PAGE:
Lesson 1: Drafting Objectives
Lesson 2: Organizing the Scorecard
- Section 1: Introducing the Scorecard
- S.M.A.R.T. Objectives, Goal Alignment & Role Assignment
- Section 2: Certifying Objectives as S.M.A.R.T. & The Quality Page
- Section 3: Balancing Priorities, Priority Categories, & Priority Guidelines
- Scorecard Wizard: Priorities
- Section 4: Aligning Objectives to Goals
- Section 5: Assigning Roles
Lesson 3: Completing Setup Phase
- Section 1: Introducting Setup-Do-Review
- Setup Phase, Do Phase, Review Phase & Timeline
- Section 2: Objectives Page
- Actions Menus, Filter by Priority, Delete Objective
- Section 3: OKRs & Three ways to access Objective Page
- The Objective Page
- Section 4: Working with Multiple Scorecards
- Linked Objectives
- Section 5: Finishing Setup
Lesson 4: Playing the Scorecard Game
- Section 1: Welcome to Do Phase
- Scoring: Actual vs Forecast, Team Scores, Showing Progress
- Success Zone & Scoring
- Section 2: Updating Work Progress, Status & Discuss Flags
- Discuss Flags & Using Filters
- Section 3: Quick Navigation, Progress Widget, Notes
- Section 4: Managing Changes to Your Plan
- Defer Objectives & Adding Unplanned Objectives
- Section 5: Sprinting to the Success Zone
Lesson 5: Evaluating Team Results
Success Zone & Scoring
Another important concept that ties in with scoring is “the Success Zone.” The Success Zone is the goal for players and teams at the end of each period. It sits between 700 and 800 points and encourages healthy, sustainable success over the long term.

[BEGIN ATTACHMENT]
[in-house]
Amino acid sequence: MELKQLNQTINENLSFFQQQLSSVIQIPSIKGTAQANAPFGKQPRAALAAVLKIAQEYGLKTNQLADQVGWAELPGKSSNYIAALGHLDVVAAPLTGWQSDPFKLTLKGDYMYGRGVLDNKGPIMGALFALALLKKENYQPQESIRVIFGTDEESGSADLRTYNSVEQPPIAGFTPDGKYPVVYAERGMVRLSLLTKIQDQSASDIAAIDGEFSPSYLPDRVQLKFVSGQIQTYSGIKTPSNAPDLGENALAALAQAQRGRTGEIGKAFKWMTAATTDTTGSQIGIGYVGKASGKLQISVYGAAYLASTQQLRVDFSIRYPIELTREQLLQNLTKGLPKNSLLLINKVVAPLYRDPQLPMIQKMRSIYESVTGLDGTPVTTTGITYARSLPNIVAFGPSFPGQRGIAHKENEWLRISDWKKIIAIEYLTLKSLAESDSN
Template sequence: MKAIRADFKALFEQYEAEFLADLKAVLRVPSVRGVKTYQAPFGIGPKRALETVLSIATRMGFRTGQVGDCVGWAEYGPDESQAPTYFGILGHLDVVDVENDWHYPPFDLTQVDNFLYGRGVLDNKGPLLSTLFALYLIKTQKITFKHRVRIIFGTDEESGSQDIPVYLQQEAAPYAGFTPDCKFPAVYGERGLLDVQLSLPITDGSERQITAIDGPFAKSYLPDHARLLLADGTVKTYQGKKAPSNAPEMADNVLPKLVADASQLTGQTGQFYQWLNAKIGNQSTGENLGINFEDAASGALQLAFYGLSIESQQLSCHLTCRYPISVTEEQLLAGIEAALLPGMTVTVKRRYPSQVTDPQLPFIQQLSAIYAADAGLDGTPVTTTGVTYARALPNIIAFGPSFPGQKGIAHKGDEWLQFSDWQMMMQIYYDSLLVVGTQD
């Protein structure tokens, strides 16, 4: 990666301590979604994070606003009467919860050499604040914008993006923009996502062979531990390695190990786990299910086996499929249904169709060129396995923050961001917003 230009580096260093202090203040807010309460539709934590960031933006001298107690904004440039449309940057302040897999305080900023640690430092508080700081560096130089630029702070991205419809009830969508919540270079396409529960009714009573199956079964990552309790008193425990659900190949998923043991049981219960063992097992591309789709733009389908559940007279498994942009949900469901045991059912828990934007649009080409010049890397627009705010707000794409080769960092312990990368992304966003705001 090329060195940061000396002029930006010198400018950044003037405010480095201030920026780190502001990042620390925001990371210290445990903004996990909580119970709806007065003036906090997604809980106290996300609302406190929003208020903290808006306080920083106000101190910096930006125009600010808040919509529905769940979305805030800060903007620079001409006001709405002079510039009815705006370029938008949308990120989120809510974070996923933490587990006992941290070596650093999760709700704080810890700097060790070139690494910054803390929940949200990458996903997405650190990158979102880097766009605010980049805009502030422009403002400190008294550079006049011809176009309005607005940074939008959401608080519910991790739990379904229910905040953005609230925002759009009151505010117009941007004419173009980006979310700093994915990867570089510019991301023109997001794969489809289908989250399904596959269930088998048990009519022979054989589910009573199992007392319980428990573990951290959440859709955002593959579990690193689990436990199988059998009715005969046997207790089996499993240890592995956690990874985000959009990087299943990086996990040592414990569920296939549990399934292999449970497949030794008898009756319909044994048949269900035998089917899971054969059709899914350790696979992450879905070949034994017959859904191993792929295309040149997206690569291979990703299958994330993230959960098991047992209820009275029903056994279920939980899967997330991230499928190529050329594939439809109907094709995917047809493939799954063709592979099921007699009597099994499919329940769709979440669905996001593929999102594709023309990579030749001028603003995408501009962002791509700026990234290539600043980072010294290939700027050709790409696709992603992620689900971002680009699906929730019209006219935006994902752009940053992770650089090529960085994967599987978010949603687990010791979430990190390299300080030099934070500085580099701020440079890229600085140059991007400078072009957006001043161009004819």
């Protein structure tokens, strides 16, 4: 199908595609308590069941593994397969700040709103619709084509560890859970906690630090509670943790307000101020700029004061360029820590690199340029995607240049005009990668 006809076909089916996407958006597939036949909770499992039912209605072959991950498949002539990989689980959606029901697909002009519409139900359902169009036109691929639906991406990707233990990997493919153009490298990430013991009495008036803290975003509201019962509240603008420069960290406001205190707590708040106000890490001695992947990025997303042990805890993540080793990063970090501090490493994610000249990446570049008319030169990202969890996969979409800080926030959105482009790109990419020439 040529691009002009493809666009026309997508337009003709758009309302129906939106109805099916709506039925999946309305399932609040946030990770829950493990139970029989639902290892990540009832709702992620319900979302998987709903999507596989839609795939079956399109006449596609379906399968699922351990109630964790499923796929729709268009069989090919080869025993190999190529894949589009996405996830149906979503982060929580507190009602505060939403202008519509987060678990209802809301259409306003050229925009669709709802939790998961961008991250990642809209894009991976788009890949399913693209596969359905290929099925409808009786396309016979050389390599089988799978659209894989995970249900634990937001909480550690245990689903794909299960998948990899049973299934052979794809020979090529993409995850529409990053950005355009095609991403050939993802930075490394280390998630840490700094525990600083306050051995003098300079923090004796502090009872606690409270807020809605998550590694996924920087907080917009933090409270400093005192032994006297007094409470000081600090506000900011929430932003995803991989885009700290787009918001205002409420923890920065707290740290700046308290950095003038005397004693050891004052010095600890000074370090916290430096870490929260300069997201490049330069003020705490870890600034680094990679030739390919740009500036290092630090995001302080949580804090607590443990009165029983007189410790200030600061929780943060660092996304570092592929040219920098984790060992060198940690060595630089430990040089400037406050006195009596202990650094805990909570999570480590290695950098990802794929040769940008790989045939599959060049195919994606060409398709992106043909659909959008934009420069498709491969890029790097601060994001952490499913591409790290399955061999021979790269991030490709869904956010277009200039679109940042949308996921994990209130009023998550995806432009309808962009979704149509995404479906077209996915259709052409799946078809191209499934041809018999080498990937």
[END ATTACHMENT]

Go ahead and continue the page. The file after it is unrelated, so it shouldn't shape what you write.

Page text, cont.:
But let’s pause for a moment, because you might be asking: “Why not target 100% as the Success Zone?” Well, the main reason is that we want to avoid an organization-wide mentality of “sandbagging.”
If you haven’t heard this term before, it essentially means: you set your goals very low so that you are 100% confident you can achieve them. This type of behavior is detrimental to business growth, because if you only set goals you know you can achieve, it is unlikely that you are stretching hard enough.
Maintaining the status quo spells disaster for organizations that wish to grow, and sandbagging is a guaranteed enabler. For this reason, targeting a more reasonable 70-80% “Success Zone” encourages teams to set ambitious goals without fear of being reprimanded if they don’t achieve 100%.
It also gives players and teams more leeway to complete objectives without having to make quality-of-work compromises if unplanned tasks present themselves along the way.
Before we move onto our next section, here are a few things to keep in mind about scoring. The MyObjectives SMARTscore algorithm works by first assigning a total number of possible points to each objective, then normalizes the points so that all teams, whether they have 2 people or 10, and all scorecards whether they hold 5 objectives or 35, can be compared with one another.
This way, there is a level playing field for all teams. In other words, there is no bias or advantage based on team size, or number of objectives per scorecard.